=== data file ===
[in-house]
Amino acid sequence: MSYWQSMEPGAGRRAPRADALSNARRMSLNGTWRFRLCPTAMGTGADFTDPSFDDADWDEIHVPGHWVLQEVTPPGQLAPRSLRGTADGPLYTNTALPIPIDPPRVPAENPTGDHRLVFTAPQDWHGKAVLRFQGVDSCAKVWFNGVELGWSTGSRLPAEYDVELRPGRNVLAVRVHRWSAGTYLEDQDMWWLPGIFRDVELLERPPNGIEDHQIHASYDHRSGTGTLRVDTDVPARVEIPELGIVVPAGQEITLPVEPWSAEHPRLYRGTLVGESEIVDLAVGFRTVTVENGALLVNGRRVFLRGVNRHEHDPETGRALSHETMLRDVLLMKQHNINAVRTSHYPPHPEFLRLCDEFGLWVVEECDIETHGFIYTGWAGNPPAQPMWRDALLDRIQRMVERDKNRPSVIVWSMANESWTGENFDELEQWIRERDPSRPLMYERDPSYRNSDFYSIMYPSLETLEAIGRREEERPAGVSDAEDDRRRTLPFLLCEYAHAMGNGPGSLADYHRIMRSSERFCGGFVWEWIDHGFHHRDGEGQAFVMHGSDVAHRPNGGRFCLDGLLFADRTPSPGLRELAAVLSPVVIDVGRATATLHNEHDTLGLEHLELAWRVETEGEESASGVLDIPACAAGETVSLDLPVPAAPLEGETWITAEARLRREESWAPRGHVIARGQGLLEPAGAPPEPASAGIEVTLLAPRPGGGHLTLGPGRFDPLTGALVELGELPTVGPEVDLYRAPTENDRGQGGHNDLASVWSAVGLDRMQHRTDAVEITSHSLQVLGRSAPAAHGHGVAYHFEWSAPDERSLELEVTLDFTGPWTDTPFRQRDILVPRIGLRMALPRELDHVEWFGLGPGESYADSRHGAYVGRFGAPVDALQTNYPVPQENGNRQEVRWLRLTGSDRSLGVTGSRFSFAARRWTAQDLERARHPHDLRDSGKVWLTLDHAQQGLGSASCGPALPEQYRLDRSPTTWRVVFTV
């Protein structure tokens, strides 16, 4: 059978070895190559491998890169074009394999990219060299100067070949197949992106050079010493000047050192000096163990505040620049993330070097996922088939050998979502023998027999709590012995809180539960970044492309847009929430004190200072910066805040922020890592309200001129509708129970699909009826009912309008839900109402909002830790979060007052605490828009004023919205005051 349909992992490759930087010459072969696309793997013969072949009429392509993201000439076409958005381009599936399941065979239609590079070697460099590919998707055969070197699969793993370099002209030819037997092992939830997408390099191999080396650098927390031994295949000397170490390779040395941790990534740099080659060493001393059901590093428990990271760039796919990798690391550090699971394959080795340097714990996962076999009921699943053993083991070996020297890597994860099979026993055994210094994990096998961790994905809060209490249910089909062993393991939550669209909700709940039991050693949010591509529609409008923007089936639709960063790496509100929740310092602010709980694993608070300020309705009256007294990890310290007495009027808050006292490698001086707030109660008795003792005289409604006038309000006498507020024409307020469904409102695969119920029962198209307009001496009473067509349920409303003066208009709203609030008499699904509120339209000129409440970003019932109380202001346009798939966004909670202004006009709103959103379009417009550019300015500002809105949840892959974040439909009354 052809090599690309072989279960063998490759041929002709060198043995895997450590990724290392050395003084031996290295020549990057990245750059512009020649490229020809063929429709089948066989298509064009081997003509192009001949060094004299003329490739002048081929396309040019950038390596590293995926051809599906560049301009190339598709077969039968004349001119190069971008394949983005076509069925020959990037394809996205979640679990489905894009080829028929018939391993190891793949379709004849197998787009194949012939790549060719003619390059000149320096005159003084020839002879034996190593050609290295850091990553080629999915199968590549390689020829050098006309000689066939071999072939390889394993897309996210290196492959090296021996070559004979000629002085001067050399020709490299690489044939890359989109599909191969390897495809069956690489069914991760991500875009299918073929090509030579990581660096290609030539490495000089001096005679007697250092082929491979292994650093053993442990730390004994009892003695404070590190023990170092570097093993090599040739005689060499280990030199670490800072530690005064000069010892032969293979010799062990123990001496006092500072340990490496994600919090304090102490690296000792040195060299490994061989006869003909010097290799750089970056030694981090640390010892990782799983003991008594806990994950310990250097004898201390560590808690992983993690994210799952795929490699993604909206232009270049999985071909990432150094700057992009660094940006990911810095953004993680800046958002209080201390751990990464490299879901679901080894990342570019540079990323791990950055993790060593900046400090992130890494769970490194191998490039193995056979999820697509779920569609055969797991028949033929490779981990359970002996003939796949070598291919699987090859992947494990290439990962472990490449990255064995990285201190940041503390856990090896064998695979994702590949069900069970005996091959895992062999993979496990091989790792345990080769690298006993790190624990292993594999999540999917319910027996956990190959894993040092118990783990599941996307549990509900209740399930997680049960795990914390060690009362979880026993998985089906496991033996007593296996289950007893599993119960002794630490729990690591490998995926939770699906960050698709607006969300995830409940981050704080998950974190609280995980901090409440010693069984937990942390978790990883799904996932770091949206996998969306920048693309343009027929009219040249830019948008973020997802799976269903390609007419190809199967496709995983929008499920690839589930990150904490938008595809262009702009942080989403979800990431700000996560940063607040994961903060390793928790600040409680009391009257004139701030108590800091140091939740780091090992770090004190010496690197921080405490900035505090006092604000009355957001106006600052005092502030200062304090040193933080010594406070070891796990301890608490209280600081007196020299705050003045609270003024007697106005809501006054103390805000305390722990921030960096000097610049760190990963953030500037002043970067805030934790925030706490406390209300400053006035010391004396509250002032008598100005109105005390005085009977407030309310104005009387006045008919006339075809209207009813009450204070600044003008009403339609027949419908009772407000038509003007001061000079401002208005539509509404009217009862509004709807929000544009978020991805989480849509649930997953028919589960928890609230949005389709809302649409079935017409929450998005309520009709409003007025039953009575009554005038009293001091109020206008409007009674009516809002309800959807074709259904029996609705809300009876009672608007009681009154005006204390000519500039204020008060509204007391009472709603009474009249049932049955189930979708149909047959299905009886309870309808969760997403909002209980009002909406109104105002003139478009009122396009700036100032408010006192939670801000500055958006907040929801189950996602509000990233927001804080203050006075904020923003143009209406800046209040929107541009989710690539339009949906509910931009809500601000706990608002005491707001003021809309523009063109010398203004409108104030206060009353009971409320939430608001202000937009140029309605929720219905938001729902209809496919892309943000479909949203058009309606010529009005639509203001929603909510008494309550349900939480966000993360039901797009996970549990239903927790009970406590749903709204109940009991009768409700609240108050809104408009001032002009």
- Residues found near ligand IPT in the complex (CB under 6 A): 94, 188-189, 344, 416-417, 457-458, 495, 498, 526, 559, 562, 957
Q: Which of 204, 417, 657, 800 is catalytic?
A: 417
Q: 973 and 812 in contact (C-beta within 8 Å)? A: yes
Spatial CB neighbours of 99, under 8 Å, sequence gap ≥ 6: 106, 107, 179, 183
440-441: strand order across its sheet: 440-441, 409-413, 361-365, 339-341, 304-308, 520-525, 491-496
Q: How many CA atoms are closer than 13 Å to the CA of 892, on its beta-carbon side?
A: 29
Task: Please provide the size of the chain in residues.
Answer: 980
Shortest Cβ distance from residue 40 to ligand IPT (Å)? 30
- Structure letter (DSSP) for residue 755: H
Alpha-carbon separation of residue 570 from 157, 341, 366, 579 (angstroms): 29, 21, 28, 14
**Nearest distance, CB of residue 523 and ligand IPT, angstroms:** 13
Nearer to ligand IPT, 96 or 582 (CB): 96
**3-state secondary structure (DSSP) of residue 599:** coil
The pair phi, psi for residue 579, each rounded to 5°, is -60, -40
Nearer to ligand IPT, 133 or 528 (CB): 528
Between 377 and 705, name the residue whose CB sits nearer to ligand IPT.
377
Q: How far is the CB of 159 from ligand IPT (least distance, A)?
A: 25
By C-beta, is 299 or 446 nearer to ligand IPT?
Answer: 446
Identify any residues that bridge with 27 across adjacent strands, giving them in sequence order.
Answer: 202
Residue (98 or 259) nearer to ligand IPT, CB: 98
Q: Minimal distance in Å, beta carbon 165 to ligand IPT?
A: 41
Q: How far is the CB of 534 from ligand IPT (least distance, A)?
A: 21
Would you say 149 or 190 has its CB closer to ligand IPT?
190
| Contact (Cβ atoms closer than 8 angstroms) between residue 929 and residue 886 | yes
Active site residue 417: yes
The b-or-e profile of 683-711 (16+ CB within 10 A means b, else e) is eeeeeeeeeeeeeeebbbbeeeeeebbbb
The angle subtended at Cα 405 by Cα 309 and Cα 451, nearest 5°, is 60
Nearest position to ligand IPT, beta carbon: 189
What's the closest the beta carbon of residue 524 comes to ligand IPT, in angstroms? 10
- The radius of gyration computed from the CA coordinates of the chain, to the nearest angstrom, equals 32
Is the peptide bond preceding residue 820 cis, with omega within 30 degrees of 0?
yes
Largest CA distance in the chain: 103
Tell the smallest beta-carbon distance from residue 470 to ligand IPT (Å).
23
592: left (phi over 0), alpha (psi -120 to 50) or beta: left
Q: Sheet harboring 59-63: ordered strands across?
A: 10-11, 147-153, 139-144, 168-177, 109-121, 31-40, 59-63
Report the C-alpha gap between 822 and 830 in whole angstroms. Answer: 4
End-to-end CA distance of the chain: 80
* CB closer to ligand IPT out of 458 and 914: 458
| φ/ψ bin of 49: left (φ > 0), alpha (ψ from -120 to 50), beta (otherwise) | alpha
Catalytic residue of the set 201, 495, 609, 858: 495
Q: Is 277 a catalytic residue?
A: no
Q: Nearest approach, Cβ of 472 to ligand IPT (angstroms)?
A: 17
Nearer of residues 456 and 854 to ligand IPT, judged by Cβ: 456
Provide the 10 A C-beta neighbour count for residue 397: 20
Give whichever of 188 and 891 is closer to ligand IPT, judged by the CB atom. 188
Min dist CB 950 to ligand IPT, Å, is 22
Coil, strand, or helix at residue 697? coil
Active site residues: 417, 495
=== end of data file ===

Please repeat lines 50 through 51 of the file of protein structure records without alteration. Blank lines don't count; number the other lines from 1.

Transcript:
Q: Sheet harboring 59-63: ordered strands across?
A: 10-11, 147-153, 139-144, 168-177, 109-121, 31-40, 59-63